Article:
Transportation and logistics companies delivered largely better-than expected second quarter 2021 earnings with improved outlooks, although there were larger headwinds than expected.
Driver costs, equipment costs, insurance costs, travel and food costs may have longer-term legs of reducing the purchasing power of your budget, says HDT's Contributing Economic Analyst Jeff Kauffman.
While some have predicted a cliff-event drop in spot rates like in 2018, there is evidence that we may instead see more of a contract rate extended plateau, similar to what we saw in 2011-2012, Jeff Kauffman suggests.
Is a broad statistic that can give us a real-time second-level read on the magnitude and direction of freight trends? The answer is rail carloads.
How did publicly traded trucking fleets perform financially as the roller-coaster year of 2020 headed back uphill in the third quarter?
Most major freight indexes continued to advance last month, but the economy may not be as healthy as we would hope.
The global shutdowns caused by the COVID-19 pandemic continue to wreak havoc in economic forecasting.
For the third time this year, the economy seems to be doing better than trucking markets.
For the third time this year, the economy seems to be doing better than trucking markets. Let’s dig into third-quarter earnings reports from publicly traded fleets for more.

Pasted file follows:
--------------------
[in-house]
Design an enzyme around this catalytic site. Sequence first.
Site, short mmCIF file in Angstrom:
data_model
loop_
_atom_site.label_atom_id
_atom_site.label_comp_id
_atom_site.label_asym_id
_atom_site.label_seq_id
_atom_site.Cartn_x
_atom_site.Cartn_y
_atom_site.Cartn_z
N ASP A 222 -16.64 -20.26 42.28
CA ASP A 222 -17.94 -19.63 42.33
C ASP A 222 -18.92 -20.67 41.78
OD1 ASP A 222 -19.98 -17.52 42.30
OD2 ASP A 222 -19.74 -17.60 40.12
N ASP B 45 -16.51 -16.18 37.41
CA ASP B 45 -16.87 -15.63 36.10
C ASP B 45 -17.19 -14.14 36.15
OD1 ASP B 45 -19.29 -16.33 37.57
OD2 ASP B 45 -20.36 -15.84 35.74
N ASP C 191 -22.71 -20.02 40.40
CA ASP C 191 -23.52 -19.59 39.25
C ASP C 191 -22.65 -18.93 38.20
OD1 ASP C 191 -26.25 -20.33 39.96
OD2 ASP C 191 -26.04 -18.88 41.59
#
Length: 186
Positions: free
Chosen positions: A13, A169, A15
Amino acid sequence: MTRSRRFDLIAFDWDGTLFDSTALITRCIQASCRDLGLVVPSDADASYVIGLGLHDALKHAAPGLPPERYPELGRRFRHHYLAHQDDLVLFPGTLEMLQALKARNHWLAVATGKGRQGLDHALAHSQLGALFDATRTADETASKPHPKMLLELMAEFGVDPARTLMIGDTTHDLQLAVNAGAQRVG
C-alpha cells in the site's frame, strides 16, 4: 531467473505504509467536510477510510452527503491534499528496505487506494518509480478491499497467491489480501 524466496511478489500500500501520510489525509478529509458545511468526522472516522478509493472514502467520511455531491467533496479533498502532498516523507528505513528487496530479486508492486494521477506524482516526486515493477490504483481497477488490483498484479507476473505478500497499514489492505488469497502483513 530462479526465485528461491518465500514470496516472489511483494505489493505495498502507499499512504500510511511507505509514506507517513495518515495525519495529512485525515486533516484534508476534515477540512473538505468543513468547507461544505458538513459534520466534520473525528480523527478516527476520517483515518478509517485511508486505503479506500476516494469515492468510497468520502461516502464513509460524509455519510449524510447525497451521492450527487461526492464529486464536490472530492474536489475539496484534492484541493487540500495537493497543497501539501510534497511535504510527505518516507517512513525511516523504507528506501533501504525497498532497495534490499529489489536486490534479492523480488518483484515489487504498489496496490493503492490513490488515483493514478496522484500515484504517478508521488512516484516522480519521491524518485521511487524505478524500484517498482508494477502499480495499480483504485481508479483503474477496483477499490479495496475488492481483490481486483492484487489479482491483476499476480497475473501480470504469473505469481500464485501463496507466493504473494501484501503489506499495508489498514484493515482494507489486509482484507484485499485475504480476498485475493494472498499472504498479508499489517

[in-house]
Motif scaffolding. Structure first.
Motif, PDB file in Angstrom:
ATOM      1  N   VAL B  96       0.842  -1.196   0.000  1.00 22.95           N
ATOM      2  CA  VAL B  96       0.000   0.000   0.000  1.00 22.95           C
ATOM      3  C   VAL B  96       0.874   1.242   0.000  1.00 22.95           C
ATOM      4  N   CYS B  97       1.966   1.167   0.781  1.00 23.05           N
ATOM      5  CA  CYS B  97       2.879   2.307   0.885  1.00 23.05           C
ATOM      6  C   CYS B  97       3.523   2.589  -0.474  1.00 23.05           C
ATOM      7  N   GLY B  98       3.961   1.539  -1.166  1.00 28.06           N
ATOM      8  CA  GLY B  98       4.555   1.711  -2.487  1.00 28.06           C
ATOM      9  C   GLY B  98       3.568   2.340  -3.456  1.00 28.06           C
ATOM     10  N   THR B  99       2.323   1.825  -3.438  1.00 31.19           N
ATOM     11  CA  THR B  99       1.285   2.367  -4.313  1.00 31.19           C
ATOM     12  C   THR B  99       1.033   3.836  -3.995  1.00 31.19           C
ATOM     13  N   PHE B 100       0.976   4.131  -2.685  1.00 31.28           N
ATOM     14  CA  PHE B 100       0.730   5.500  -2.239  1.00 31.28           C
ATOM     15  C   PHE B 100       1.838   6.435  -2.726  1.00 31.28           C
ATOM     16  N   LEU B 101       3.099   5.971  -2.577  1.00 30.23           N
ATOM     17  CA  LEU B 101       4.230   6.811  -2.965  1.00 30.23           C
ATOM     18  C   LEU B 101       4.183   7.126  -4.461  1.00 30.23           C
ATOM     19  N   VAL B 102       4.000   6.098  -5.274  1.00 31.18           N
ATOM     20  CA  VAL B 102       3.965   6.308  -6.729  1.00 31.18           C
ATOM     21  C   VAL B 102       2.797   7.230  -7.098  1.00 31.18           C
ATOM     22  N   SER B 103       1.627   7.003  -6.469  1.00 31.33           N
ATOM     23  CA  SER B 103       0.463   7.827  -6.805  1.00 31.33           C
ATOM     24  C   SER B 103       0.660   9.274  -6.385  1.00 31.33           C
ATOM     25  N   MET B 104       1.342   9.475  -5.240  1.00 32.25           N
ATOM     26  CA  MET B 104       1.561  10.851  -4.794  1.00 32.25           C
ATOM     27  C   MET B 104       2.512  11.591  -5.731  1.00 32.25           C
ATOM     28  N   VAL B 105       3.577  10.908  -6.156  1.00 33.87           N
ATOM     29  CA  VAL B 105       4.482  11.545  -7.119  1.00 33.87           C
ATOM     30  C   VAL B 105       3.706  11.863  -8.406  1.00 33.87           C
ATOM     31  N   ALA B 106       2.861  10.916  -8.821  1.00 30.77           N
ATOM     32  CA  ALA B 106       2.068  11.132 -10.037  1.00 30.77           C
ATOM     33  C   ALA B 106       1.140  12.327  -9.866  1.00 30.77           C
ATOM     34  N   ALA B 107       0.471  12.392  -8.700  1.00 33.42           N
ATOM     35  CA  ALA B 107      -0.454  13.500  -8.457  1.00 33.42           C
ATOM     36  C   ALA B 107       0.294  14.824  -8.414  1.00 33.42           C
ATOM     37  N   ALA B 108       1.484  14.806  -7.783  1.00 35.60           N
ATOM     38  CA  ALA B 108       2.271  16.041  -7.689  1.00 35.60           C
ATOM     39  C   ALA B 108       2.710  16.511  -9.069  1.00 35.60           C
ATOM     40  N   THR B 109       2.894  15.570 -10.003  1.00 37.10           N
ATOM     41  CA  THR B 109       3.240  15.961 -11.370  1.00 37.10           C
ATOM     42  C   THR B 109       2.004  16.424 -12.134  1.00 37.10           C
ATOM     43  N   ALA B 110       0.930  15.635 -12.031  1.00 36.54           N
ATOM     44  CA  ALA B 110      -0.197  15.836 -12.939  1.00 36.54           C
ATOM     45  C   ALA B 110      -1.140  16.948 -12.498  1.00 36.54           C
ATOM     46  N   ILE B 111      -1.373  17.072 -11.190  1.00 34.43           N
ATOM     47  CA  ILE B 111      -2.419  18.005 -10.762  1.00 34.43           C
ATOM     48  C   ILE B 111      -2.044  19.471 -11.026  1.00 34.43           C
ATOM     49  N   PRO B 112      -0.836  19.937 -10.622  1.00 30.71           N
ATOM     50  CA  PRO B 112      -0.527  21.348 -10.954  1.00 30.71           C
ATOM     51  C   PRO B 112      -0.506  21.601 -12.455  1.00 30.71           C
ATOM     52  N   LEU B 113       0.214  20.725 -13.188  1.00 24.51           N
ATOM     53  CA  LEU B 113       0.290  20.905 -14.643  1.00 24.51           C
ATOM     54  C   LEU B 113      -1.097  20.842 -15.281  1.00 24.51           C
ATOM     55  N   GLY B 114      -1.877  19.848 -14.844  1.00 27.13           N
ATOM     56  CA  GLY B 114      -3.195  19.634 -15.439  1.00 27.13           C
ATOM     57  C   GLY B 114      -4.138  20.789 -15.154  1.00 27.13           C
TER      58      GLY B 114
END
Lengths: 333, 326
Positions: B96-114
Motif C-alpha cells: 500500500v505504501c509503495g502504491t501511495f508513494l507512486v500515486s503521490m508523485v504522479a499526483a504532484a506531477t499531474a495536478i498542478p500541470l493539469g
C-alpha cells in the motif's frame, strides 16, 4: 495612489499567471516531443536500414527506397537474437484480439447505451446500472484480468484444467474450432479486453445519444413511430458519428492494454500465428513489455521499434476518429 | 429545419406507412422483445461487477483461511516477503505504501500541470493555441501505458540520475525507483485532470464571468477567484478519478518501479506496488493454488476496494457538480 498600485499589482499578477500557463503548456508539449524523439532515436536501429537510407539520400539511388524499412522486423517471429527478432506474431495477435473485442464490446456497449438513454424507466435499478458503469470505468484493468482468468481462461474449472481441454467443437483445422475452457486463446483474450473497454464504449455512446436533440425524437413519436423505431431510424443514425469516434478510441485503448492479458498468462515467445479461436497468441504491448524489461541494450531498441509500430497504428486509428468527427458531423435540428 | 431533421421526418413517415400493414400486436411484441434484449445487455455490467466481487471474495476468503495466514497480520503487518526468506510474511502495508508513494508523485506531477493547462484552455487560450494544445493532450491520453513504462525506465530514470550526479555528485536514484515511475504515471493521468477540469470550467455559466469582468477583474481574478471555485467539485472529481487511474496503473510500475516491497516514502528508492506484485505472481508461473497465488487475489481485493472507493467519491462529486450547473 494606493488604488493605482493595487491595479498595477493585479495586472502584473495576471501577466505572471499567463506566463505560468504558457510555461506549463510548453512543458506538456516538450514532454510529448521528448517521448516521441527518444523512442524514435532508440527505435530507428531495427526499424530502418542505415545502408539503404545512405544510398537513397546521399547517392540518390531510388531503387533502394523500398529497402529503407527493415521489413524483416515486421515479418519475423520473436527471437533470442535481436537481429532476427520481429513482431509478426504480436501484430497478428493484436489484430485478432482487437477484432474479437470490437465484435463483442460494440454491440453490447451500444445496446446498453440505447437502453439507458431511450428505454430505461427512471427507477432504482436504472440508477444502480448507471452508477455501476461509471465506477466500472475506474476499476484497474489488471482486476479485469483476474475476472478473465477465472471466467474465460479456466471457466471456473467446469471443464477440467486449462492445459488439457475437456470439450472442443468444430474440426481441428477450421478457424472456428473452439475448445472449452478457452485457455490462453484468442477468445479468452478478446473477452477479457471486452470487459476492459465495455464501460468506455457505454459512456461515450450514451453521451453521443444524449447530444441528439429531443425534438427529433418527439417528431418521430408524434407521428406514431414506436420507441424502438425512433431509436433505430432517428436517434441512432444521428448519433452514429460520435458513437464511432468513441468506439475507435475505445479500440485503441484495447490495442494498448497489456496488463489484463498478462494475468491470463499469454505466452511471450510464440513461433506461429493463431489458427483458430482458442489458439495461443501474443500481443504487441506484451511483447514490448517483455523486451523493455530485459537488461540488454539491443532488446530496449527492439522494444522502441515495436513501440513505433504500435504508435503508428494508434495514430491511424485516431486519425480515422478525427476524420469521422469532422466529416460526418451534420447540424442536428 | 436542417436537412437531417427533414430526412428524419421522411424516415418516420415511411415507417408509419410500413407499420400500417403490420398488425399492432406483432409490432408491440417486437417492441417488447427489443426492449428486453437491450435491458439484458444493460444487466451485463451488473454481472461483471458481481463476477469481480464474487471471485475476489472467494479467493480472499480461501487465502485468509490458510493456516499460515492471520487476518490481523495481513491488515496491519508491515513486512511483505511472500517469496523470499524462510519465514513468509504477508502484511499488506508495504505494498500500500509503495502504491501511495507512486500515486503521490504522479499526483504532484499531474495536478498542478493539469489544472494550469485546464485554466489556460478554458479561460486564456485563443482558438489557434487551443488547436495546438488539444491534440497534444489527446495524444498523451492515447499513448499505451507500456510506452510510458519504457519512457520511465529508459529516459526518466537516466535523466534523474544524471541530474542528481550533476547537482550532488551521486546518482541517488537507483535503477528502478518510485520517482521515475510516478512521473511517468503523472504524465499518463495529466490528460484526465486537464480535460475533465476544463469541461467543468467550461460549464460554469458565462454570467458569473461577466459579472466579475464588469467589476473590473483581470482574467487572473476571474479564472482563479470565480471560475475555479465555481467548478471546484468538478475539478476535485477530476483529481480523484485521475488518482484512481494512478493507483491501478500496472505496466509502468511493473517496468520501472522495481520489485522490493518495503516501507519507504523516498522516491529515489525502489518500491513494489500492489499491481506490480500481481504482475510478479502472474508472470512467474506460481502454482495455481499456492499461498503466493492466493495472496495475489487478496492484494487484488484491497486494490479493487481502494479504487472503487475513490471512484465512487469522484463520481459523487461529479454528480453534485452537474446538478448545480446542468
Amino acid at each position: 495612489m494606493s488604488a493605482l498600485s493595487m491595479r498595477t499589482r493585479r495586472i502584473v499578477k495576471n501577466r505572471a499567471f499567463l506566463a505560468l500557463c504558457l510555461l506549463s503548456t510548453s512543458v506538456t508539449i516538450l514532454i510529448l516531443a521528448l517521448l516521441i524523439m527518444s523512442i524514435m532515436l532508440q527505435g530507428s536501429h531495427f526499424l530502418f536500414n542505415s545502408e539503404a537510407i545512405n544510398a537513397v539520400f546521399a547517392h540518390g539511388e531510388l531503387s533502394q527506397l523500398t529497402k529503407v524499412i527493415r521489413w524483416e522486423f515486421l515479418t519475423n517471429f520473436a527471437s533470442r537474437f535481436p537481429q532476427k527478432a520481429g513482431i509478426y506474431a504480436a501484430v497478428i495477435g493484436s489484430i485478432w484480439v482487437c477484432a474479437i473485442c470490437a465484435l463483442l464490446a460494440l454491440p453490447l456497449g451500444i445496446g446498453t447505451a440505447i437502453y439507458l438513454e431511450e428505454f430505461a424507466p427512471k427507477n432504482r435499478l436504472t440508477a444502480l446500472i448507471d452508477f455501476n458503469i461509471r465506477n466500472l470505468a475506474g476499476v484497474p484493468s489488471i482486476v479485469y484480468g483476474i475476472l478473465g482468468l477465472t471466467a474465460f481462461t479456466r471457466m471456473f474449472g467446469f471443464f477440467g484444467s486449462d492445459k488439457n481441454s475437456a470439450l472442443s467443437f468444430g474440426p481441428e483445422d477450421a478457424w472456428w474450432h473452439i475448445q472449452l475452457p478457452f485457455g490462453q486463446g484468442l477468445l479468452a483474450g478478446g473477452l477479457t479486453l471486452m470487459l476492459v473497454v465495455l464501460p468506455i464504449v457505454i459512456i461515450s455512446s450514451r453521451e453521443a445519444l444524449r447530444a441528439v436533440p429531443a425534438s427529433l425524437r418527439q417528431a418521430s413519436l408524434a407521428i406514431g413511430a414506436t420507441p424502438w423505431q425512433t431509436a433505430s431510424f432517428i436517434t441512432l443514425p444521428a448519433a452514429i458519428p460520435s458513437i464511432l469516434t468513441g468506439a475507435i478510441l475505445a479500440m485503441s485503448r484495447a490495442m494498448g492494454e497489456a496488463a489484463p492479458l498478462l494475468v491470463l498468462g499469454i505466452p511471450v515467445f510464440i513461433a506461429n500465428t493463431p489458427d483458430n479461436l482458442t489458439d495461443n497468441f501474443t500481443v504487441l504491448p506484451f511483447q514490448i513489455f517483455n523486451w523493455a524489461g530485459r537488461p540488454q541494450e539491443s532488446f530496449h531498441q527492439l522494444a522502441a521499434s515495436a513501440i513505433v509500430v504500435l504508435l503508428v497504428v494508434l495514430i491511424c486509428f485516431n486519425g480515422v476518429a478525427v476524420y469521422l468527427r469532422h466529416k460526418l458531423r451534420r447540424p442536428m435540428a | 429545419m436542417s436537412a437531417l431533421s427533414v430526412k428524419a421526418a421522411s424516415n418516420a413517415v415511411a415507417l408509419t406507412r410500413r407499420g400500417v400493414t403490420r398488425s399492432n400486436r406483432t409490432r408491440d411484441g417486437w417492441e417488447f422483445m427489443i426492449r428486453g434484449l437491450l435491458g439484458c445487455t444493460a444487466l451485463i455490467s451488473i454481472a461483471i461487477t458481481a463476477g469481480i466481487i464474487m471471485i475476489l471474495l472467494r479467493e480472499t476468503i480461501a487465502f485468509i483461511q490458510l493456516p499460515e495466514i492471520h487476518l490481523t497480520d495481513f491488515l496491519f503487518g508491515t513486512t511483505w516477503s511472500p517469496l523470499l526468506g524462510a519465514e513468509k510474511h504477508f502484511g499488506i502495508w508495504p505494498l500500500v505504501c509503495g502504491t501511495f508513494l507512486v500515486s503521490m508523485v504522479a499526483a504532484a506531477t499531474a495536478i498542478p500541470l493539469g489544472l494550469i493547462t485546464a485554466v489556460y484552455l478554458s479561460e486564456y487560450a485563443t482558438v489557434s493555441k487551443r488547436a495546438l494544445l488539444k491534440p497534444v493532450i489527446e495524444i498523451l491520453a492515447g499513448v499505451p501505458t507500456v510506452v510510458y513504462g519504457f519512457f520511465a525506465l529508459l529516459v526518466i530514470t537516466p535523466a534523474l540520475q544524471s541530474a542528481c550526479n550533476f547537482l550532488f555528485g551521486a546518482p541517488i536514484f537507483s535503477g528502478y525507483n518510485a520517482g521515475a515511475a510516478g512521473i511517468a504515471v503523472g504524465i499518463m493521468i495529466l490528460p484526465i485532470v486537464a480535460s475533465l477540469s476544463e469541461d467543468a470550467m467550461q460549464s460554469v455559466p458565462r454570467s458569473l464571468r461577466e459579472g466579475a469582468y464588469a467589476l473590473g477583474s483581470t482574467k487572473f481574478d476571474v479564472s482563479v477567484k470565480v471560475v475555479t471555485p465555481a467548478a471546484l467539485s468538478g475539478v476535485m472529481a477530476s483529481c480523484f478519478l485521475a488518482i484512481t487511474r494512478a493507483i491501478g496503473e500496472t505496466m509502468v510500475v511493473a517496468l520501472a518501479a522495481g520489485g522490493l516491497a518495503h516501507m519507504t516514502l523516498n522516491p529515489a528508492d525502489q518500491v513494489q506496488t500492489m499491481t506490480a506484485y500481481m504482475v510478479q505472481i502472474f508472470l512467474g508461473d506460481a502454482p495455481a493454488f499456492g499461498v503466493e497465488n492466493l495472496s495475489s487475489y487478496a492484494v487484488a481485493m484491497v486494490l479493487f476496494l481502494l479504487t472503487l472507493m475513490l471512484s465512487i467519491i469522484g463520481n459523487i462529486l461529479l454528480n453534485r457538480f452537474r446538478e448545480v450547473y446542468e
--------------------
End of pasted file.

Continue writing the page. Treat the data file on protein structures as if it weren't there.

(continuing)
In early October, we received a series of weaker-than-expected consumer and industrial data. Whether or not this data proves to be an outlier because of trade concerns and the strike at General Motors remains to be seen.
The difference between last year’s high spot rates and this year’s average has dropped — but this year’s seasonal decline was less.
Bad weather, tariffs, a later than usual Easter holiday – all of it contributed to trucking company results that were worse than the overall economic trend would lead you to expect.
Growing up in the Midwest, you learn which cloud formations lead to slow and steady rain, and which often lead to more severe weather. Looking back at economic activity at the first half of 2019, we may be looking at the latter
The 3.2% first-quarter GDP figure released by the Commerce Department seems to portray a stronger volume environment than was experienced by the trucking industry, judging by first quarter fleet earnings.
The first few months of 2019 showed many inconsistencies in economic data, varying wildly from month to month. Is our economy really this inconsistent or is there another reason for the variation?